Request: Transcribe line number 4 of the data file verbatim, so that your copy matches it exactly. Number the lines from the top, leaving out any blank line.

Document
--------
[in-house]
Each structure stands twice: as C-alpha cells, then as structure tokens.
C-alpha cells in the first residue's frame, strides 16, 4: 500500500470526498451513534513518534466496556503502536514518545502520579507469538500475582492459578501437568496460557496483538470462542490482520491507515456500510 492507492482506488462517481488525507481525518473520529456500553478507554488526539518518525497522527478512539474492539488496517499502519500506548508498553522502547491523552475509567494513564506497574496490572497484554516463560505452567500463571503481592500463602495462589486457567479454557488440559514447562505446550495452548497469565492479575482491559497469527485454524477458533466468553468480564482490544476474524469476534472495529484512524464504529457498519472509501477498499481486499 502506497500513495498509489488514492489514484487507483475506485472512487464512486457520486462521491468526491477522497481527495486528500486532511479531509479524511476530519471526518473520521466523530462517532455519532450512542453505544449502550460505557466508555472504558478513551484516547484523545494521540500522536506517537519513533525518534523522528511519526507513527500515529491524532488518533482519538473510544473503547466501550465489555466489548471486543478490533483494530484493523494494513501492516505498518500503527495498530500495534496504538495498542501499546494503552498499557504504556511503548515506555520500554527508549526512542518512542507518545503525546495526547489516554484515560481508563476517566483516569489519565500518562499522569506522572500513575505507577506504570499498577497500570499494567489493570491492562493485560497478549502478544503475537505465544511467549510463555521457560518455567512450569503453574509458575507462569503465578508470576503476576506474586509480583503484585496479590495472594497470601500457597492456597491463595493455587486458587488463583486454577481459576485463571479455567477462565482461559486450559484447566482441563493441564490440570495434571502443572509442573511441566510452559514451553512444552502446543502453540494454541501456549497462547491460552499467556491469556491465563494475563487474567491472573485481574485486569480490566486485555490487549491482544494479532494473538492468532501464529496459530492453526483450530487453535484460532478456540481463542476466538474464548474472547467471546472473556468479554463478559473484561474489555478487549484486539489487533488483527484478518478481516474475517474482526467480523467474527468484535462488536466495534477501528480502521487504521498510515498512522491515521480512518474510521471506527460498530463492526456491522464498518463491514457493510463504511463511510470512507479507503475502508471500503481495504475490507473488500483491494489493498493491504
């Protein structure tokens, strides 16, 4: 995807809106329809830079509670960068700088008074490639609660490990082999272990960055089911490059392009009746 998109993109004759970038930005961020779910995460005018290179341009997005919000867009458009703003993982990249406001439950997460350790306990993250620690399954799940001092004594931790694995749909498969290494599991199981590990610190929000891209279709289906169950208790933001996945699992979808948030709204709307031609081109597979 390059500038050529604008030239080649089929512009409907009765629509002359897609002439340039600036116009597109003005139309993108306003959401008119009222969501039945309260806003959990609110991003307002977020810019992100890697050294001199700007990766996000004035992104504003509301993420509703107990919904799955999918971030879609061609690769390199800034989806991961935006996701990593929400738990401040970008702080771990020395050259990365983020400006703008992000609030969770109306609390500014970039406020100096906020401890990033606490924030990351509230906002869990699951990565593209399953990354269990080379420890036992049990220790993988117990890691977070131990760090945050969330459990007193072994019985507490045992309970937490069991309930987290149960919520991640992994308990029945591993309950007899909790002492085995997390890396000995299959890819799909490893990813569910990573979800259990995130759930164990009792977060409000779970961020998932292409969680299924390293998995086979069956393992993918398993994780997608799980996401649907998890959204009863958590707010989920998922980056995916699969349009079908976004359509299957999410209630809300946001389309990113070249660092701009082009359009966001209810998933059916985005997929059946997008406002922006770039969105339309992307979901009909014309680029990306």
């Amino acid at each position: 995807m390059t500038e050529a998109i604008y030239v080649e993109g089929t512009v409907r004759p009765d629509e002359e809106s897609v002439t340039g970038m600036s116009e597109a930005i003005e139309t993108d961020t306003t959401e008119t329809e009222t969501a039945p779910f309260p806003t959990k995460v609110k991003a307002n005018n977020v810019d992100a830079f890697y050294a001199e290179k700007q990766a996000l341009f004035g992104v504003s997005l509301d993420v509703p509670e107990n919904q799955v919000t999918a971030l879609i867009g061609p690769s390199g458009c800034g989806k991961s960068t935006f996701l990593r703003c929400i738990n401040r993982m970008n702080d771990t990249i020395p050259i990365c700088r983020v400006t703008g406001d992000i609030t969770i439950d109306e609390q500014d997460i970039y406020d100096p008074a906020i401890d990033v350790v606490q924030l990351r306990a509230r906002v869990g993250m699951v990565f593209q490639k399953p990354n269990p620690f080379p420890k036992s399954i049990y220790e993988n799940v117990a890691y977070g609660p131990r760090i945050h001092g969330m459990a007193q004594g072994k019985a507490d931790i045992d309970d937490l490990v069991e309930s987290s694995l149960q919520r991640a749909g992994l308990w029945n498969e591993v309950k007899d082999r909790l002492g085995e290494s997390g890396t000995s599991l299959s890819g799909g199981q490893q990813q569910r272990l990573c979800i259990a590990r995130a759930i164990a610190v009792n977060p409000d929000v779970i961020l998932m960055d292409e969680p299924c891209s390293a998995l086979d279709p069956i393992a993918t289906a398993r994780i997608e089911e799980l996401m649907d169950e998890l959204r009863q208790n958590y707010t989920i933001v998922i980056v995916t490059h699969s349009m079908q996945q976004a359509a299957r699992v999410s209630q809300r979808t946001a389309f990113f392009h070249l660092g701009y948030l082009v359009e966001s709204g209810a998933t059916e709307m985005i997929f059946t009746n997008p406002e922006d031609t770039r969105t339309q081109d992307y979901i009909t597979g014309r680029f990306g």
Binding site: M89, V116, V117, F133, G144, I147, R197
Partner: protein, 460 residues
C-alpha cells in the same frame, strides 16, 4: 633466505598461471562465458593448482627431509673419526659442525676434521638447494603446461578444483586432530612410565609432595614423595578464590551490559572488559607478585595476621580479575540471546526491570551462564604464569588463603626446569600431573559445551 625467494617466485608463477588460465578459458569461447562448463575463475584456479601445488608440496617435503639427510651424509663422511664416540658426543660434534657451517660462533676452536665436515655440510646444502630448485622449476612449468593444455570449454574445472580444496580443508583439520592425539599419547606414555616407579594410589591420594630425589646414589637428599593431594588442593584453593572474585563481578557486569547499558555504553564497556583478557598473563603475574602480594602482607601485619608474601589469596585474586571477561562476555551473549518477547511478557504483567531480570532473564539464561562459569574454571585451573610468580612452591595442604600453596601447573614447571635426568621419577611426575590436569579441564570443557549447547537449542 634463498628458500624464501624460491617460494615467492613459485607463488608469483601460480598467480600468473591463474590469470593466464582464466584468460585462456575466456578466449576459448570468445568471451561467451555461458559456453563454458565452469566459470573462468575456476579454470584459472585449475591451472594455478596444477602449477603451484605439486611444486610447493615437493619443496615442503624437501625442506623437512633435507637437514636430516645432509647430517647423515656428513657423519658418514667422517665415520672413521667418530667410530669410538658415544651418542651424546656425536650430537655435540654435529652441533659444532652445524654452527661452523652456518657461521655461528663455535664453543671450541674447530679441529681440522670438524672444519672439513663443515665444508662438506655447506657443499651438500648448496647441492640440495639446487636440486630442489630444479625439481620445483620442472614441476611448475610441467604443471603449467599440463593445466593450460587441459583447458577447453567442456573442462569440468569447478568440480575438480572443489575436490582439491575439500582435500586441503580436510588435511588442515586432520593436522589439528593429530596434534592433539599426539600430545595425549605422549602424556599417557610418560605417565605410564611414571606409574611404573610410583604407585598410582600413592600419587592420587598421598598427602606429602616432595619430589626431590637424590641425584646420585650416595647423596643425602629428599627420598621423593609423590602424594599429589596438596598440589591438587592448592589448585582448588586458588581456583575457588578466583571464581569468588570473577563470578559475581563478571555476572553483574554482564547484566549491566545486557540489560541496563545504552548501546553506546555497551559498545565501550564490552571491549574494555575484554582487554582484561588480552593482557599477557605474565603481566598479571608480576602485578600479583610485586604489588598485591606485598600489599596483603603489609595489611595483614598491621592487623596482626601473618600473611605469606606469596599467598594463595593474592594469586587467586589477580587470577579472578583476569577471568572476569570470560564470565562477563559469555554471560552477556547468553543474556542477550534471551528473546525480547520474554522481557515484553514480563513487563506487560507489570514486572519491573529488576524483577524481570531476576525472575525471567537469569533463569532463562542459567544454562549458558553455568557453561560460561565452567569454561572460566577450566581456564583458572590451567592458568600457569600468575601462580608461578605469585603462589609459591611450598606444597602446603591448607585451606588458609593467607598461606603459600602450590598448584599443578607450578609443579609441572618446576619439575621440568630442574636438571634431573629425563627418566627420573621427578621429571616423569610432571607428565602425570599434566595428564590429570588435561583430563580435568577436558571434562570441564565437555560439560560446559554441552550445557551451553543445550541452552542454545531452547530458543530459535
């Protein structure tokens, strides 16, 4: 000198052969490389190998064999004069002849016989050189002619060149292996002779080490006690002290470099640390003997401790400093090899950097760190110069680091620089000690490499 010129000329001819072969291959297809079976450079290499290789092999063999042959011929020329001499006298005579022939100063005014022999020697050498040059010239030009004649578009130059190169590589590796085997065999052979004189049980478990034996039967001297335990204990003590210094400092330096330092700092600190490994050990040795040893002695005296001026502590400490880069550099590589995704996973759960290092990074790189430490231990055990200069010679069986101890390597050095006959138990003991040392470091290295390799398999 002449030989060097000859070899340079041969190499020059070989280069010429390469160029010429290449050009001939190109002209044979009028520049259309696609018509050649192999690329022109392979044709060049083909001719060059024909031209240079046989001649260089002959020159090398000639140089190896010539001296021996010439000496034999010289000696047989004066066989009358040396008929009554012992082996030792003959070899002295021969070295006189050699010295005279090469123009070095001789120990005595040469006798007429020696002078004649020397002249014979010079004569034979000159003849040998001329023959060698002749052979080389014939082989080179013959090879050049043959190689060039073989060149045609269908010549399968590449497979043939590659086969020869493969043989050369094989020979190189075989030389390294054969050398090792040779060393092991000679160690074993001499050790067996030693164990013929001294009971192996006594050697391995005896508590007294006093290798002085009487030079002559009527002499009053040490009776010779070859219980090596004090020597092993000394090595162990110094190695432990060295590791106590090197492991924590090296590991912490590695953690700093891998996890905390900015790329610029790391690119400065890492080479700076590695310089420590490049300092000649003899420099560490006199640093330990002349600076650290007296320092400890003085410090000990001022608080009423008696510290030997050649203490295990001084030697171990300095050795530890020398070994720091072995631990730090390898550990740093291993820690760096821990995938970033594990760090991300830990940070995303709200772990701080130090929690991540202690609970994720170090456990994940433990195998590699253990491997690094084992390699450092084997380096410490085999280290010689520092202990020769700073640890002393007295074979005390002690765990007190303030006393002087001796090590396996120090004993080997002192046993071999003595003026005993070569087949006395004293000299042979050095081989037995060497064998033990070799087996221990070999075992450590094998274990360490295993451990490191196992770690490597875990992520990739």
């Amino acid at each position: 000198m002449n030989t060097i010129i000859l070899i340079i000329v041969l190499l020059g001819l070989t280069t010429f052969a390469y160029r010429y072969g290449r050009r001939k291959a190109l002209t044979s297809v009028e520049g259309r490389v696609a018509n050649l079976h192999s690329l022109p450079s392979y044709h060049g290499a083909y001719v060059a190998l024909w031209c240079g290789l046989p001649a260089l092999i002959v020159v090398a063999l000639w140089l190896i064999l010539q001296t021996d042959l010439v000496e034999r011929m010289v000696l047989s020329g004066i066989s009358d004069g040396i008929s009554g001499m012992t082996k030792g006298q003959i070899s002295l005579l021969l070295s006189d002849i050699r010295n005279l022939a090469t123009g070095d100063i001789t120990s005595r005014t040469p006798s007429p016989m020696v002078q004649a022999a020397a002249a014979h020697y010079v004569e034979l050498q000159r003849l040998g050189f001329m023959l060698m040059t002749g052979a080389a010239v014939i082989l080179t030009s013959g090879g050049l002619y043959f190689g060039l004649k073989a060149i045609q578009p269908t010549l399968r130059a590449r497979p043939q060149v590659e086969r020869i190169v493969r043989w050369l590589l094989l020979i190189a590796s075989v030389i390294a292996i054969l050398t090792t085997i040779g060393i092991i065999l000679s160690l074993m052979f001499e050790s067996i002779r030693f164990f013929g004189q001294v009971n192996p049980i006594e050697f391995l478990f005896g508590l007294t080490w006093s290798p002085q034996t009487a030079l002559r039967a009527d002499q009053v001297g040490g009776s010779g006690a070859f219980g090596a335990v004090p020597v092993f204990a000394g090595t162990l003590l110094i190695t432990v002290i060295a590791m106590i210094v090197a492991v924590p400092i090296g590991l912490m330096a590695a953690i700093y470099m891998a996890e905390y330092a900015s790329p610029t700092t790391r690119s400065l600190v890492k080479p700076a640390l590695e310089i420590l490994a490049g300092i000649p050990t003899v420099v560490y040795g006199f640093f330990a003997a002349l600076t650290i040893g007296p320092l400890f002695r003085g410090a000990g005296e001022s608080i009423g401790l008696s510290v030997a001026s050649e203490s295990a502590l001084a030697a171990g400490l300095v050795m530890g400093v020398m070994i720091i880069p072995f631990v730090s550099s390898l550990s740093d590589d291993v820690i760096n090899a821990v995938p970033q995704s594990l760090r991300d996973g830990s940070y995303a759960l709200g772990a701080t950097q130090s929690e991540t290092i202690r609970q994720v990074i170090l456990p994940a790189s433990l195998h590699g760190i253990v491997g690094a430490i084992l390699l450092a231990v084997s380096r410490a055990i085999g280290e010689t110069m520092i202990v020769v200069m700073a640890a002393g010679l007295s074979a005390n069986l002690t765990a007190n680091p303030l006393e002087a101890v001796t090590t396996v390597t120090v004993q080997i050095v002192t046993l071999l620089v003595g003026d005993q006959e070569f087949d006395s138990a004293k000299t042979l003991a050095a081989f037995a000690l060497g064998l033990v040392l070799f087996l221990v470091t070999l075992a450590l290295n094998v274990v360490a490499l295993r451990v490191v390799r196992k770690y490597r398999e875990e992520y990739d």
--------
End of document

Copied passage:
């Protein structure tokens, strides 16, 4: 995807809106329809830079509670960068700088008074490639609660490990082999272990960055089911490059392009009746 998109993109004759970038930005961020779910995460005018290179341009997005919000867009458009703003993982990249406001439950997460350790306990993250620690399954799940001092004594931790694995749909498969290494599991199981590990610190929000891209279709289906169950208790933001996945699992979808948030709204709307031609081109597979 390059500038050529604008030239080649089929512009409907009765629509002359897609002439340039600036116009597109003005139309993108306003959401008119009222969501039945309260806003959990609110991003307002977020810019992100890697050294001199700007990766996000004035992104504003509301993420509703107990919904799955999918971030879609061609690769390199800034989806991961935006996701990593929400738990401040970008702080771990020395050259990365983020400006703008992000609030969770109306609390500014970039406020100096906020401890990033606490924030990351509230906002869990699951990565593209399953990354269990080379420890036992049990220790993988117990890691977070131990760090945050969330459990007193072994019985507490045992309970937490069991309930987290149960919520991640992994308990029945591993309950007899909790002492085995997390890396000995299959890819799909490893990813569910990573979800259990995130759930164990009792977060409000779970961020998932292409969680299924390293998995086979069956393992993918398993994780997608799980996401649907998890959204009863958590707010989920998922980056995916699969349009079908976004359509299957999410209630809300946001389309990113070249660092701009082009359009966001209810998933059916985005997929059946997008406002922006770039969105339309992307979901009909014309680029990306």